A perfectly healthy five-year-old was killed by deadly flu

A perfectly healthy five-year-old was killed by deadly flu

Swine flu, the common name for the H1N1 virus, became the center of a worldwide pandemic in 2009, killing at least 18,500 people in 214 countries

The parents of this five-year-old described their son as someone who was “never sick a day in his short life.” But when their son contracted the swine flu, the effects were devastating, and fast.

He was initially treated by a GP before being referred to Sligo Regional Hospital and transferred to Our Lady's Hospital in Crumlin, Dublin. Doctors rushed him to intensive care but his condition deteriorated and he passed away with his family by his bedside.

A pediatrician in Temple Street children's hospital confirmed they have been seeing a rise in children suffering flu since January, including youngsters who are not in an at-risk group and are healthy.

"Some children have become extremely unwell with it," he added.

Swine flu, the common name for the H1N1 virus, became the center of a worldwide pandemic in 2009, killing at least 18,500 people in 214 countries. Now it is possible to reduce the risk of contracting the illness by getting a winter vaccine.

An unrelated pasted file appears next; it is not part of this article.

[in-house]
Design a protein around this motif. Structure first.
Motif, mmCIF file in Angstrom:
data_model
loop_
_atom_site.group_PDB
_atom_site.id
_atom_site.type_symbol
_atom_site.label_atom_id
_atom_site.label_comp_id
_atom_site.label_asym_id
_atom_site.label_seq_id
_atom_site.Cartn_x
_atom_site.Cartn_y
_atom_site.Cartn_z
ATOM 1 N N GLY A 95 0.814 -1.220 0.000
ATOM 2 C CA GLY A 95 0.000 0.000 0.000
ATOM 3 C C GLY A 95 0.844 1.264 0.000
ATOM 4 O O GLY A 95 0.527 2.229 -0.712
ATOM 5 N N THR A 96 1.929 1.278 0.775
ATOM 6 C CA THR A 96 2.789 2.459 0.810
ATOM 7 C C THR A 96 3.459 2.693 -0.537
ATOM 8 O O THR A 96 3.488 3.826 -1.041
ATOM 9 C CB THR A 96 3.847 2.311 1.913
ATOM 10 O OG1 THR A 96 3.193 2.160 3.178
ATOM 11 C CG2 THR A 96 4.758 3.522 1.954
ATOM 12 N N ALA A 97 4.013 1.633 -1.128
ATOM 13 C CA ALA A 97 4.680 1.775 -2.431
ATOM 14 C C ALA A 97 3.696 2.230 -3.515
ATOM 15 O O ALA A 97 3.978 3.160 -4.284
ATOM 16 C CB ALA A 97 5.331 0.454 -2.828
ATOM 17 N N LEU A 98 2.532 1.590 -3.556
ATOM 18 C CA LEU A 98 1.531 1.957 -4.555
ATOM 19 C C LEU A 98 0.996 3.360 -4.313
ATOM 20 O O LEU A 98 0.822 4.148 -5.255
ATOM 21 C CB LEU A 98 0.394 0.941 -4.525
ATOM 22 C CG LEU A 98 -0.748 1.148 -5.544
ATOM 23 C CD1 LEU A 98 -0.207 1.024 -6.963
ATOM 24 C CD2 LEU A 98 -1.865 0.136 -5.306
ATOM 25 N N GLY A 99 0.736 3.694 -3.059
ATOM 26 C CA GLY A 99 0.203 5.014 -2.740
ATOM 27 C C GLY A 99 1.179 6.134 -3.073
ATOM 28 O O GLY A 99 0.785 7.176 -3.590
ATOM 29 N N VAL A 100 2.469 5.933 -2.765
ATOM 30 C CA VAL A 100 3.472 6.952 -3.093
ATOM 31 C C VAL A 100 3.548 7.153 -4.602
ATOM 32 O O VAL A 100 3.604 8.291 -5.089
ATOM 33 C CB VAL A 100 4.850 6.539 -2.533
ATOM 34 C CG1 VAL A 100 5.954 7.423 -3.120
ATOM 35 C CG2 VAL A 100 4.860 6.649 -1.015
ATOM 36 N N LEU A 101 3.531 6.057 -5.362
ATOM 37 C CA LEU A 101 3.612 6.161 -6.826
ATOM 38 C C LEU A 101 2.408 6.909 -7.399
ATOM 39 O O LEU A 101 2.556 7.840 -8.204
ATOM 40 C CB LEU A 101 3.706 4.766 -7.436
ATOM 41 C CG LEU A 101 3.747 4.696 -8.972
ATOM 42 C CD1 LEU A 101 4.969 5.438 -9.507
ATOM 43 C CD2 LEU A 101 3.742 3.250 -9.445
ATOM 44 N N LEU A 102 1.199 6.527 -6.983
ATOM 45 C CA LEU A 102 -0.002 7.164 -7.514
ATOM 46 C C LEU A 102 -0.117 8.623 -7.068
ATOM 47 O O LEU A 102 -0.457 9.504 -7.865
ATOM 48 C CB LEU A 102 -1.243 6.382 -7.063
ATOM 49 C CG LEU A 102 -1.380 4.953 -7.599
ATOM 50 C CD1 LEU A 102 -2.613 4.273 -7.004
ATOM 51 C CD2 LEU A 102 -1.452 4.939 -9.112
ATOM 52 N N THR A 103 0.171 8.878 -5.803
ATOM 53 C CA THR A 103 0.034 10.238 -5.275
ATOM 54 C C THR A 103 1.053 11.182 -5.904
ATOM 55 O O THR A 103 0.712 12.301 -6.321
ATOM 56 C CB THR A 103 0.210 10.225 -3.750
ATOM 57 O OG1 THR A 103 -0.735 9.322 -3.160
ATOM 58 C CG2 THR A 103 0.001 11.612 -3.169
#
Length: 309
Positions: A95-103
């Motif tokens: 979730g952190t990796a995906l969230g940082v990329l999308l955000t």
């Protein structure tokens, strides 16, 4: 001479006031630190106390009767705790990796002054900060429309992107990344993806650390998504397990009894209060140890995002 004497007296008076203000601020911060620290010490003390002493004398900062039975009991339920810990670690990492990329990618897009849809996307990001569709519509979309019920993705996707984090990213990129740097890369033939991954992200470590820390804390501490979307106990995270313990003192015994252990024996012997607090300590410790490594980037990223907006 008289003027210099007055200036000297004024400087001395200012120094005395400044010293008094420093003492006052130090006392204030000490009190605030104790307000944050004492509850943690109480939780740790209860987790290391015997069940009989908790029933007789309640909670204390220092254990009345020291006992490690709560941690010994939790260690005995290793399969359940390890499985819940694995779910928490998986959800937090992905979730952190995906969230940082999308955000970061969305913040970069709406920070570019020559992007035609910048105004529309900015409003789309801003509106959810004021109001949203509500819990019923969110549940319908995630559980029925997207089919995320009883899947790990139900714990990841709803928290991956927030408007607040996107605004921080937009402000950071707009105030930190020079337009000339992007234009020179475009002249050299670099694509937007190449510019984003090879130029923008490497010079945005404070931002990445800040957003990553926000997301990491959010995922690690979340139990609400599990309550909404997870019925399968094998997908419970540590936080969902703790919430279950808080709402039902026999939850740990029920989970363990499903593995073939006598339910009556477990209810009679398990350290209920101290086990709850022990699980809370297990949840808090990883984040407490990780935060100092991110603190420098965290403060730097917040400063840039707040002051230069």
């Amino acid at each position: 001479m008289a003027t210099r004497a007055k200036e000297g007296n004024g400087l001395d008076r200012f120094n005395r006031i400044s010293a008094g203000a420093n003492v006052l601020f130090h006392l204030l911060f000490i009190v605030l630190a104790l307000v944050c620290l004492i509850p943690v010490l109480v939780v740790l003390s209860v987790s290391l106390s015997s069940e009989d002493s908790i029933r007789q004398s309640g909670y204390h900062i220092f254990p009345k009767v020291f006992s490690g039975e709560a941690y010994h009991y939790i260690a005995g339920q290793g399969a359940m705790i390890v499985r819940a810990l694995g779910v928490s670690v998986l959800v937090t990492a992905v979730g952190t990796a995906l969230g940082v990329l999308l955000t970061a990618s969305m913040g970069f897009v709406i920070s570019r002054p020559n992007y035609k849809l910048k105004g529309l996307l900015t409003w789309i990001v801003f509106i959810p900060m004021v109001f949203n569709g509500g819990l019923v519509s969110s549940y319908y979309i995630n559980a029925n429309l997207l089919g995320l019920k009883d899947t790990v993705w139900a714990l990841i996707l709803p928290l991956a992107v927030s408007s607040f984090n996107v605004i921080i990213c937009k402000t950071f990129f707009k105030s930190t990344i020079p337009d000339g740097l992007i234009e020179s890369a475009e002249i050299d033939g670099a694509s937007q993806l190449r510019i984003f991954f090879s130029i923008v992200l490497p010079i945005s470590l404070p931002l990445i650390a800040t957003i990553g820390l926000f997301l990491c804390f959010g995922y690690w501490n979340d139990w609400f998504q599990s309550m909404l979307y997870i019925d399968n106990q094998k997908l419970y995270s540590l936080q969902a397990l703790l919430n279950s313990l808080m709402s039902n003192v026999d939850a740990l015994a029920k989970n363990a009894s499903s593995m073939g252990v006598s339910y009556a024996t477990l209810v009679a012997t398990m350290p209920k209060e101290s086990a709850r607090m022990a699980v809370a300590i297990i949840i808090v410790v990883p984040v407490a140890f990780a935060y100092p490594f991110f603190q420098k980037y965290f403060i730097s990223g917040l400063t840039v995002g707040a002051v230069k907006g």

Doctors also suggest to parents that if they want reassurance, they could get the vaccine for children over six months who are healthy.

However if the child has preexisting conditions like bronchitis or heart disease, a vaccine is a must.

Swine flu symptoms

Symptoms of swine flu are similar to other strains of the condition and include:

  • A sudden fever—a temperature of 38C (100.4F) or above
  • Tiredness
  • Aching muscles or joint pain
  • A headache
  • A runny or blocked nose
  • A dry cough

Call your GP if you have flu-like symptoms and are at a higher risk of complications of seasonal flu. This includes:

  • Children under two years old
  • Anyone over the age of 65
  • Pregnant women
  • Children and adults with an underlying health condition (particularly long-term heart or respiratory disease)
  • Children and adults with weakened immune systems
  • To reduce risk wash hands regularly with soap and warm water
  • Clean surfaces such as your keyboard, telephone and door handles regularly to get rid of germs
  • Use tissues to cover your mouth and nose when you cough or sneeze
  • Put used tissues in a bin as soon as possible
  • The best remedy is to rest at home, keep warm and drink plenty of water to avoid dehydration
  • Take paracetamol or ibuprofen to lower a high temperature and relieve aches.
  • If further treatment is needed or complications arise, do not hesitate to seek medical attention.

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Written by

James Martinez

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